With the Lazarillo published anonymously in Spain in the 16th century, the romantic adventure changed paradigm and emancipated itself from the novels of chivalry. For Jean-Pierre Sarrazac, this picaresque novel brings a new voice to the theatre and modern drama that will evolve into a fundamental novelisation that will take off from 1880. This text was for a long time attributed to the humanist Diego Hurtado de Mendoza y Pacheco and the list of suspects is long akin to this “rhapsodic impulse” those multiple voices that each give a different interpretation to the same text, and that Jean-Pierre Sarrazac exhibits in his book Poétique du drame moderne, de Ibsen à Jean-Marie Koltès (2012). In this investigation of the Lazarillo, the modern drama, from the death of Hurtado in Madrid in 1575, will explore in substance and form the paradoxical question of drama in opening the doors of perception to fictional characters who are also gifted with life, if not our life, in a world where the true and the false mix while the opposing forces carry humanity towards a destiny worthy of Orwell’s 1984, but in the echo of the drama, the voice of the rhapsodes continues to resonate.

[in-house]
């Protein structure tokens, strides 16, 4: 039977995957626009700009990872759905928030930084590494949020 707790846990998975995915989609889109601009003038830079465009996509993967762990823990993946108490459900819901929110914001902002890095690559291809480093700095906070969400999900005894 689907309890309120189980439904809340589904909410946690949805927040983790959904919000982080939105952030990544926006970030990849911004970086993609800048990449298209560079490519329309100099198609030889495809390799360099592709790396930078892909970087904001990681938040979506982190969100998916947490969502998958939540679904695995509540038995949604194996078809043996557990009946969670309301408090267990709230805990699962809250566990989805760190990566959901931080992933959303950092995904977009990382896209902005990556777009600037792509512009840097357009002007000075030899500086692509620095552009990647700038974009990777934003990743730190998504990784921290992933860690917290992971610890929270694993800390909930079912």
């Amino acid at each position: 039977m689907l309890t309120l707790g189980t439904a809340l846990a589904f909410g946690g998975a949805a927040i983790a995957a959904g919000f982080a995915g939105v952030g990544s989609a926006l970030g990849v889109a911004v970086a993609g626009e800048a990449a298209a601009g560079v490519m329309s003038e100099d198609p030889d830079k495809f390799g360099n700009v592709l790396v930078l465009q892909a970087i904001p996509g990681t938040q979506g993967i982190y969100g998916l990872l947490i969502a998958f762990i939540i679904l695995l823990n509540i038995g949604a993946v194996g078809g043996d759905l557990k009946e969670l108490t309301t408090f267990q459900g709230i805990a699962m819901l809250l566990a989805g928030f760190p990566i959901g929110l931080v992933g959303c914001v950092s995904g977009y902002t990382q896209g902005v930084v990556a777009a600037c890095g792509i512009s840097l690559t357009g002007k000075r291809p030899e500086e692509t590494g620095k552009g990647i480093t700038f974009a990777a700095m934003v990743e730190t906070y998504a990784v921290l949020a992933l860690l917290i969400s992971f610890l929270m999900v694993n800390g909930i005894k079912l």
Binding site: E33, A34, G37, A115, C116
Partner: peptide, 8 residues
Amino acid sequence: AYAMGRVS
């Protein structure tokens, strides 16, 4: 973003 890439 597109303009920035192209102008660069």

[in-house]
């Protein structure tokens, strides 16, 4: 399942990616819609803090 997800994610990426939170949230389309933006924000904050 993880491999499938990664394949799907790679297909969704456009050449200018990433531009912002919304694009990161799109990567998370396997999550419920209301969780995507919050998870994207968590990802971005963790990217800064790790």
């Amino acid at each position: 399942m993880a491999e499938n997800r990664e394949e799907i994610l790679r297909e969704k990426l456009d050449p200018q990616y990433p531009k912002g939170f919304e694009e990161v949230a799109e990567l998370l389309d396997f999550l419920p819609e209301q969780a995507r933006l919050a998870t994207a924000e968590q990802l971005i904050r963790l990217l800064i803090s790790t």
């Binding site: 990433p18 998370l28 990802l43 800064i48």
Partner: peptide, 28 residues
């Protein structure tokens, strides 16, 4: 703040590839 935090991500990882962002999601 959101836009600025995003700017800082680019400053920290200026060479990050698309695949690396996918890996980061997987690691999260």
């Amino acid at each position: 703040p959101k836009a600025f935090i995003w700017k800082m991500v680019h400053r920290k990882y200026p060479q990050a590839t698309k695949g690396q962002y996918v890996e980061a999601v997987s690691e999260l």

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The aim of this paper is to compare Brechtian theory concerning empathy in theatre and recent studies showing the biological basis of empathy. First of all, a brief summary about the concept of empathy is provided, with particular attention to empathy in Brechtian theatre. Then, a paragraph is dedicated to explain how empathy and emotional involvement are linked to neurobiological mechanisms and body state. In the end, an analysis of the Verfremdungseffekte in the Threepenny Opera is traced to understand how recent studies contradict Brechtian theory as far as empathy is concerned.
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